Your client is way more likely to treat you like a human being if you do the same to them. You don’t have to be best friends but, as in all walks of life, “please” and “thank you” go a long way. Some studies have even shown that these simple courtesies can actually increase the chances of you getting paid on time by improving your relationship with the client.
That doesn’t mean you shouldn’t be assertive, of course. If written requests are ignored, pick up the phone. And, if all else fails, you may want to hire a representative to push a client to respond or turn to a lawyer if things get really bad.
These 9 simple steps should ensure that you don’t have to take such measures by minimizing the risks of any client relationship, leaving you more time to get on with your actual job.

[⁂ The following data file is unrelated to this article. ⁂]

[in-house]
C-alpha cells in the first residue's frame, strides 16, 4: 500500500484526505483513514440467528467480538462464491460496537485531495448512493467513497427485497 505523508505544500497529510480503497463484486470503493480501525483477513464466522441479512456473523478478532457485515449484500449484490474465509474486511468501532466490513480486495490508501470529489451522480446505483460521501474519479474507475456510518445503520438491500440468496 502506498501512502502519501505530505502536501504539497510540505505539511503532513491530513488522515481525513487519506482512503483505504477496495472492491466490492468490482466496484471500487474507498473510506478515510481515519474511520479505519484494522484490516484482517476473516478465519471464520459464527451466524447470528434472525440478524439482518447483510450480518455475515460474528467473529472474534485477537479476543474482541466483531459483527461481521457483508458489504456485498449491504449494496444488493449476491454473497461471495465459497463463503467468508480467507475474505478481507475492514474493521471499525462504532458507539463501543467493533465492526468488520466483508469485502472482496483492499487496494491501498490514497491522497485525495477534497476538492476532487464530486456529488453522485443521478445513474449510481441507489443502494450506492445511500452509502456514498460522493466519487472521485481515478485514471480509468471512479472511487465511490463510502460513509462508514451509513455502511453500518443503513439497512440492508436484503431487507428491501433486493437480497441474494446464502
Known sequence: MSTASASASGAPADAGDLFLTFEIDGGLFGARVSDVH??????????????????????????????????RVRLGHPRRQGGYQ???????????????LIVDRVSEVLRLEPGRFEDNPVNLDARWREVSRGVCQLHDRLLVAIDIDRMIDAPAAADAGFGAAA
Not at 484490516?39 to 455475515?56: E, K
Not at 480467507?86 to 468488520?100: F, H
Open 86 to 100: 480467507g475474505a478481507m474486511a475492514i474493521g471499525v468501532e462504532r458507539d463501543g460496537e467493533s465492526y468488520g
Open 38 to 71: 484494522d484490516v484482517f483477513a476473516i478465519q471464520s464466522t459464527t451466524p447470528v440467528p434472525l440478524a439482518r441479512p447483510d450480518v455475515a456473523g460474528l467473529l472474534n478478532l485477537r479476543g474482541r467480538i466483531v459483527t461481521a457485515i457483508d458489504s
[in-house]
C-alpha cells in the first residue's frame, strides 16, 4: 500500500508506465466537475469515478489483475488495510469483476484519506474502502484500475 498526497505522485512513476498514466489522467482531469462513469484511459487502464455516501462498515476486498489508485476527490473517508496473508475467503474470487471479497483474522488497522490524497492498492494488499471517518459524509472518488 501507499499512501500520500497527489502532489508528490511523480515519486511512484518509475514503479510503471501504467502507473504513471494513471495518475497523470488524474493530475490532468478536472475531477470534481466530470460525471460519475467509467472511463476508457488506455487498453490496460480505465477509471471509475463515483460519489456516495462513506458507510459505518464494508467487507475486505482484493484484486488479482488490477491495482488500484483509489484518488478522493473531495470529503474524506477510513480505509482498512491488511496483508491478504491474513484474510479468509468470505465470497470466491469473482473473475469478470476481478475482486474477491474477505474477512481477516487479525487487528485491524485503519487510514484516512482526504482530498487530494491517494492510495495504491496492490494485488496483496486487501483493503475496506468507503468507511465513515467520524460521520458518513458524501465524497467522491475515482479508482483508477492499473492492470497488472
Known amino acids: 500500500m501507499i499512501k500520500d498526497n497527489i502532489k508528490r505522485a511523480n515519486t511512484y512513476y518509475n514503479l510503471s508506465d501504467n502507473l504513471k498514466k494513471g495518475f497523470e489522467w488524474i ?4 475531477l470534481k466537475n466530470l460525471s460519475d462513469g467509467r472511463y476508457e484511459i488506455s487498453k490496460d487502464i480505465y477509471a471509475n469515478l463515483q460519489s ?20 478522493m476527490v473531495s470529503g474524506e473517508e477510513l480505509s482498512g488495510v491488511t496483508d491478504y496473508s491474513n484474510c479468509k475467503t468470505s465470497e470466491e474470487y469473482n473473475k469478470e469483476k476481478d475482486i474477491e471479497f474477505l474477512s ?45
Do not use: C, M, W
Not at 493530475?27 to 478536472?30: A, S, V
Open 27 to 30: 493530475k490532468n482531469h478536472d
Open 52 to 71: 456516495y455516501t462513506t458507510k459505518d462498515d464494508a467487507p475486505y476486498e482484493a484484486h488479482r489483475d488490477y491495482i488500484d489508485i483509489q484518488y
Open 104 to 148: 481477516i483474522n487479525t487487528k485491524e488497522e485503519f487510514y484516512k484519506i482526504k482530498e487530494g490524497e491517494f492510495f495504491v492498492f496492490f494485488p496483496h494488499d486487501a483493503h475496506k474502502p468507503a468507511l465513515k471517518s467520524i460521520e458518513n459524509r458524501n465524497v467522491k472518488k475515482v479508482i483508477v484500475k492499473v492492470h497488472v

The rich text element allows you to create and format headings, paragraphs, blockquotes, images, and video all in one place instead of having to add and format them individually. Just double-click and easily create content.
A rich text element can be used with static or dynamic content. For static content, just drop it into any page and begin editing. For dynamic content, add a rich text field to any collection and then connect a rich text element to that field in the settings panel. Voila!
Headings, paragraphs, blockquotes, figures, images, and figure captions can all be styled after a class is added to the rich text element using the "When inside of" nested selector system.